But there is a down side, Miller concedes, for some. His most experienced and highly trained people “had the biggest learning curve to get over on how to set this torch up,” he says. Not so, however, for inexperienced operators. “When they are trained by Messer, that’s all they know, so they do it right,” Miller says. “They pick it up very quickly. They don’t have old habits to break.”
That’s true, says Joerg Toberna, marketing director of Messer Cutting Systems. “We say oxy-fuel cutting is the ‘black-art’ of the cutting world because there was no real automation back in the day. Operators had to teach themselves through experience how to set up and adjust gas pressures, pierce rates and creep speeds to get good cuts. With our Global CNC control coupled with our Alfa torch and Omniflow automatic gas control, an operator just has to pick a material thickness in the database and the Global control sets all of those parameters. Sometimes the experienced operators have a hard time believing it is that easy, but they do come around.”
Another time saver
The cutting table Holtec purchased first has a Slagger table that Miller says has been a bonus. “Once we understood what that feature entailed, we were sold,” he says. “Between the beveling and the Slagger, we saw a lot of opportunities there for improvement.”
Messer’s downdraft Slagger table mechanically collects all the slag and dross that has fallen to the floor to one end of the table for easy removal without any disassembly. “It’s like a gear rack driven bulldozer,” Miller says. “When the operator’s not running the machine he can park the head at one end of the table, push a button, and this bulldozer shoves everything out the end of the table into slag buckets right in the floor.”
For someone who hasn’t been responsible for maintenance, this may not seem like a big deal. But it is. “You don’t have the huge amounts of downtime to clean up your table every three to four months like we used to have with our water tables,” Miller says. “We went from basically needing a three-man crew and a one-week shutdown every four months to clean the table to just having the operator hit a button every two or three days.” Table slats still must be replaced periodically, but cleanup time has been diminished significantly.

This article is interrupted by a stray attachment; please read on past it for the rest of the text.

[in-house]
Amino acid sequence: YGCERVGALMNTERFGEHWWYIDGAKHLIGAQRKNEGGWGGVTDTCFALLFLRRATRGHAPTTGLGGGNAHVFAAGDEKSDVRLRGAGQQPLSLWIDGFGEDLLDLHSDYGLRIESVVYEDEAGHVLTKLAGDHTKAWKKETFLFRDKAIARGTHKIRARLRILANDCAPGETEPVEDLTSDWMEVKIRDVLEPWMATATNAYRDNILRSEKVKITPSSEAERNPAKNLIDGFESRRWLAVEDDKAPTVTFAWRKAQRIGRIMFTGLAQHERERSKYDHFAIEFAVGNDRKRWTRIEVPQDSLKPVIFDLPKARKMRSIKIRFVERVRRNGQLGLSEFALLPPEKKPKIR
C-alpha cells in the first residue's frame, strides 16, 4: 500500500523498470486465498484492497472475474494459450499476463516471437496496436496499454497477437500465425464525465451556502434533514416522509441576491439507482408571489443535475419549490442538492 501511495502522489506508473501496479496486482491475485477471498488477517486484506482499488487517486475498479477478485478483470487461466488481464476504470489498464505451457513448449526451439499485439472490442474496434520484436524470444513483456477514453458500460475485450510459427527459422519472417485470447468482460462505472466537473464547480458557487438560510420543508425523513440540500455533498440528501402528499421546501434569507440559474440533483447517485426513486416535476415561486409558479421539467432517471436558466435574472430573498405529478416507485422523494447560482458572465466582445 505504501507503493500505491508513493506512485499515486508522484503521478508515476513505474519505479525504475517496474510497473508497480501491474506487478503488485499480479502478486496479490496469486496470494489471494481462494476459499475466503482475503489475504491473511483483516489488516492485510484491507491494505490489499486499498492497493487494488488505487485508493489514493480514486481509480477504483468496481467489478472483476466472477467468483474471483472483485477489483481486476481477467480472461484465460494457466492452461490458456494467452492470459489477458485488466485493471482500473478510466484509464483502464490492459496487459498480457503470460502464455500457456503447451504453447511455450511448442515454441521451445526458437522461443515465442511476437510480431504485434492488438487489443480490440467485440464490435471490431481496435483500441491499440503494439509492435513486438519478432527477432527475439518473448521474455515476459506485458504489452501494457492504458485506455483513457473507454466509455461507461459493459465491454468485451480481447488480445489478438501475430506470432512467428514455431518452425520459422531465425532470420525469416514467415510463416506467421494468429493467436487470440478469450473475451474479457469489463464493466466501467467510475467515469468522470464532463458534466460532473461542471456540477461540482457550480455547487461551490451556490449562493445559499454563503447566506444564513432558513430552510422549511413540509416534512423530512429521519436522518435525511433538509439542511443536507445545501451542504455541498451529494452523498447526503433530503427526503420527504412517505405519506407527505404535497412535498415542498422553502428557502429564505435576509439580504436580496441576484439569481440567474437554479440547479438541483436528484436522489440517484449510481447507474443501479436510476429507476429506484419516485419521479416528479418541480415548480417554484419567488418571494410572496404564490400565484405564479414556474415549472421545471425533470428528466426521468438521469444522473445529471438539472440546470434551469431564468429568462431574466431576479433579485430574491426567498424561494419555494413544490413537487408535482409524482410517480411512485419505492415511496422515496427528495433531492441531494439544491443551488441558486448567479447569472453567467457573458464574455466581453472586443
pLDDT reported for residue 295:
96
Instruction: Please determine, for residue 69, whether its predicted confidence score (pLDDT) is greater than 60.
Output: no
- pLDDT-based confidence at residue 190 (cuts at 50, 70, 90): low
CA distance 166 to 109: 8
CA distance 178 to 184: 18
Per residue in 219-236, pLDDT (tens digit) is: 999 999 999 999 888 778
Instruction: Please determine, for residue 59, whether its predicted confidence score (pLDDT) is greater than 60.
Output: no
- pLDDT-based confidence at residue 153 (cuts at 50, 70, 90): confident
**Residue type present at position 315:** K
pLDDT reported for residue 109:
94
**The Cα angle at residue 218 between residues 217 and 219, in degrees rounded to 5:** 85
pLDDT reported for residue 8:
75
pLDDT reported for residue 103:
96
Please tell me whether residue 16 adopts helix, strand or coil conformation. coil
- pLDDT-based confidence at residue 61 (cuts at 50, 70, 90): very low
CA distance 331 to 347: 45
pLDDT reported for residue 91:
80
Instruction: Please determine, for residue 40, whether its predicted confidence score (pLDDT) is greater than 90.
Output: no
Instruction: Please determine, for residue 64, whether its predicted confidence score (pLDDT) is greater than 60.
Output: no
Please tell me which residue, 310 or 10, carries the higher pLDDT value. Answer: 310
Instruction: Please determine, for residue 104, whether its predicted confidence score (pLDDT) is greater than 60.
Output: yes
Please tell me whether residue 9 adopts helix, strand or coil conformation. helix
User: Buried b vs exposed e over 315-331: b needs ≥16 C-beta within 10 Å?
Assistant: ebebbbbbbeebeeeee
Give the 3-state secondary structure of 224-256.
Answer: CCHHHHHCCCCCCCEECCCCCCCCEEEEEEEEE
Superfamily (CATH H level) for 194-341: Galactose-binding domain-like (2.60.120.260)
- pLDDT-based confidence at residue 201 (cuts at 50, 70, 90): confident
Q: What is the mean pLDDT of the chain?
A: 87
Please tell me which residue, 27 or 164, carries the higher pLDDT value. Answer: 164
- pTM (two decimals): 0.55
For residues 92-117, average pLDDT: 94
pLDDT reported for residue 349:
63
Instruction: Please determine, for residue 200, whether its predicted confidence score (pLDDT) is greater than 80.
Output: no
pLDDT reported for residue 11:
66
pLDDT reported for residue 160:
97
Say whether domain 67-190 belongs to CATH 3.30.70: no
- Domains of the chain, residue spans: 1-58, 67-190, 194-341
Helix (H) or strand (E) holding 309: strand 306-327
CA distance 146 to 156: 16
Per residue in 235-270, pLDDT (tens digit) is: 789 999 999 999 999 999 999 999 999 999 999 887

Holtec’s second Messer machine is equipped only for plasma cutting. Miller says even though that table is not Slagger-equipped, “it’s still a much better table than the old water tables. It has slag boxes—you just pull the slat trays off, lift the boxes out and dump them. But it’s not quite as slick as the Slagger system.”
And another thing…
Other features of the Messer system also support operations at Holtec Manufacturing. Some of the machine’s little details —for example, the sweeps on the rails—also make a big difference for operation and maintenance. “The rails that this machine runs on have motorized brushes that sweep the rails instead of using air, or nothing at all. That was impressive to me,” Miller says. And, of course, clean rails contribute to consistent, accurate cutting performance.
“As far as bringing in new operators, the control system is more user friendly than a lot of the older machines that still work off of a Burny control or use G and M codes,” Miller says. “This machine does most operations with pictures. You tell the machine what you’re going to cut, how thick it is, what type of material it is. It spits out a list with pictures of the consumables you need to install, which makes it really user friendly.”
And then there’s the camera system. With this option in place, an operator can set up plate position using an overhead camera installed in the head. “The camera has crosshairs on it so that you’re not using a laser pointer or you’re not pointing your torch to the corner of the plate,” Miller says. “You just put the camera right on it and put the crosshairs on your zero point for plate positioning.” All things considered, it sounds like these cutting systems have become the operator’s best friend. MM